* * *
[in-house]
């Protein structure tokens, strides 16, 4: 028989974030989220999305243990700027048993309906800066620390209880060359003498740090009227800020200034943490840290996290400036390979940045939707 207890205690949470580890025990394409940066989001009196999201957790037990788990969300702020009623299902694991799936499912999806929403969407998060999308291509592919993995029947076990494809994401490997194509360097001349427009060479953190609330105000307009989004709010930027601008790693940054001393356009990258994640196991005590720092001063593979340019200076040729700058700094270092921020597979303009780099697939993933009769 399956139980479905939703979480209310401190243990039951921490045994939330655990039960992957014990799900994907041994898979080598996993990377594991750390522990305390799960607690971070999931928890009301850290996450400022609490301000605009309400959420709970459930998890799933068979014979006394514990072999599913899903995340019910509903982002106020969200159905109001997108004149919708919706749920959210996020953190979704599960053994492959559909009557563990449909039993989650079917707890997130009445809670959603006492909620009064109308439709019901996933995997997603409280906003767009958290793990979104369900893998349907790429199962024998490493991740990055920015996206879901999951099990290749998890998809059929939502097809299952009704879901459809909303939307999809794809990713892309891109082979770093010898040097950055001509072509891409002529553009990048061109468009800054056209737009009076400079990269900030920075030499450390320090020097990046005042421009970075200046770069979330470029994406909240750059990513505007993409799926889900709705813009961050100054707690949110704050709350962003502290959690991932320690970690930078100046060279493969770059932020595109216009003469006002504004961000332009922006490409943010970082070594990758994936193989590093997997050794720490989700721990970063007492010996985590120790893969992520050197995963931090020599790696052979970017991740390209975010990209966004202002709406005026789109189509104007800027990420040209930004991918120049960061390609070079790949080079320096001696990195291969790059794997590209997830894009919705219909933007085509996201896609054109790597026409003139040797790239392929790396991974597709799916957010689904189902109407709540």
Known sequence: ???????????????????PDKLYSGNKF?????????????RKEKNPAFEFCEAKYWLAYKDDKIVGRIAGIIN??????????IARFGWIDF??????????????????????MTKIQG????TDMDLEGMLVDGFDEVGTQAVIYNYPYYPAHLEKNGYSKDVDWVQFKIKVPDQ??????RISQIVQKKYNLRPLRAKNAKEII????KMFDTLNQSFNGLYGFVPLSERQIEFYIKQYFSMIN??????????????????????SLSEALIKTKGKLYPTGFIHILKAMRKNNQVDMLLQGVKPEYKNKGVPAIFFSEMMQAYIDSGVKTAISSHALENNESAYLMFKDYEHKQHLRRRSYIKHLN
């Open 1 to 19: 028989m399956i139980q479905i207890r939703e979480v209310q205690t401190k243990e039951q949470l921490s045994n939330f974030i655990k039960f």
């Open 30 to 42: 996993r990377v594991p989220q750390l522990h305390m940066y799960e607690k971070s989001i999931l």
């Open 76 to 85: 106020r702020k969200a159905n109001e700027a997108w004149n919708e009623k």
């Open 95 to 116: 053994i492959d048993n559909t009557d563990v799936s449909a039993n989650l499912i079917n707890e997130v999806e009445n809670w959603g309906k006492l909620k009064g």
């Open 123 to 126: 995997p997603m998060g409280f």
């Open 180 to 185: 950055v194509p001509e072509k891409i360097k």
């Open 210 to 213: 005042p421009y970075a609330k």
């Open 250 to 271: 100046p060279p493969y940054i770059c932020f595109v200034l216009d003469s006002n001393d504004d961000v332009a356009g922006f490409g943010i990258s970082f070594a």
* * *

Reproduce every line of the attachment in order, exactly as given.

[in-house]
């Protein structure tokens, strides 16, 4: 028989974030989220999305243990700027048993309906800066620390209880060359003498740090009227800020200034943490840290996290400036390979940045939707 207890205690949470580890025990394409940066989001009196999201957790037990788990969300702020009623299902694991799936499912999806929403969407998060999308291509592919993995029947076990494809994401490997194509360097001349427009060479953190609330105000307009989004709010930027601008790693940054001393356009990258994640196991005590720092001063593979340019200076040729700058700094270092921020597979303009780099697939993933009769 399956139980479905939703979480209310401190243990039951921490045994939330655990039960992957014990799900994907041994898979080598996993990377594991750390522990305390799960607690971070999931928890009301850290996450400022609490301000605009309400959420709970459930998890799933068979014979006394514990072999599913899903995340019910509903982002106020969200159905109001997108004149919708919706749920959210996020953190979704599960053994492959559909009557563990449909039993989650079917707890997130009445809670959603006492909620009064109308439709019901996933995997997603409280906003767009958290793990979104369900893998349907790429199962024998490493991740990055920015996206879901999951099990290749998890998809059929939502097809299952009704879901459809909303939307999809794809990713892309891109082979770093010898040097950055001509072509891409002529553009990048061109468009800054056209737009009076400079990269900030920075030499450390320090020097990046005042421009970075200046770069979330470029994406909240750059990513505007993409799926889900709705813009961050100054707690949110704050709350962003502290959690991932320690970690930078100046060279493969770059932020595109216009003469006002504004961000332009922006490409943010970082070594990758994936193989590093997997050794720490989700721990970063007492010996985590120790893969992520050197995963931090020599790696052979970017991740390209975010990209966004202002709406005026789109189509104007800027990420040209930004991918120049960061390609070079790949080079320096001696990195291969790059794997590209997830894009919705219909933007085509996201896609054109790597026409003139040797790239392929790396991974597709799916957010689904189902109407709540």
Known sequence: ???????????????????PDKLYSGNKF?????????????RKEKNPAFEFCEAKYWLAYKDDKIVGRIAGIIN??????????IARFGWIDF??????????????????????MTKIQG????TDMDLEGMLVDGFDEVGTQAVIYNYPYYPAHLEKNGYSKDVDWVQFKIKVPDQ??????RISQIVQKKYNLRPLRAKNAKEII????KMFDTLNQSFNGLYGFVPLSERQIEFYIKQYFSMIN??????????????????????SLSEALIKTKGKLYPTGFIHILKAMRKNNQVDMLLQGVKPEYKNKGVPAIFFSEMMQAYIDSGVKTAISSHALENNESAYLMFKDYEHKQHLRRRSYIKHLN
């Open 1 to 19: 028989m399956i139980q479905i207890r939703e979480v209310q205690t401190k243990e039951q949470l921490s045994n939330f974030i655990k039960f």
């Open 30 to 42: 996993r990377v594991p989220q750390l522990h305390m940066y799960e607690k971070s989001i999931l």
């Open 76 to 85: 106020r702020k969200a159905n109001e700027a997108w004149n919708e009623k």
């Open 95 to 116: 053994i492959d048993n559909t009557d563990v799936s449909a039993n989650l499912i079917n707890e997130v999806e009445n809670w959603g309906k006492l909620k009064g």
């Open 123 to 126: 995997p997603m998060g409280f």
């Open 180 to 185: 950055v194509p001509e072509k891409i360097k």
């Open 210 to 213: 005042p421009y970075a609330k």
């Open 250 to 271: 100046p060279p493969y940054i770059c932020f595109v200034l216009d003469s006002n001393d504004d961000v332009a356009g922006f490409g943010i990258s970082f070594a």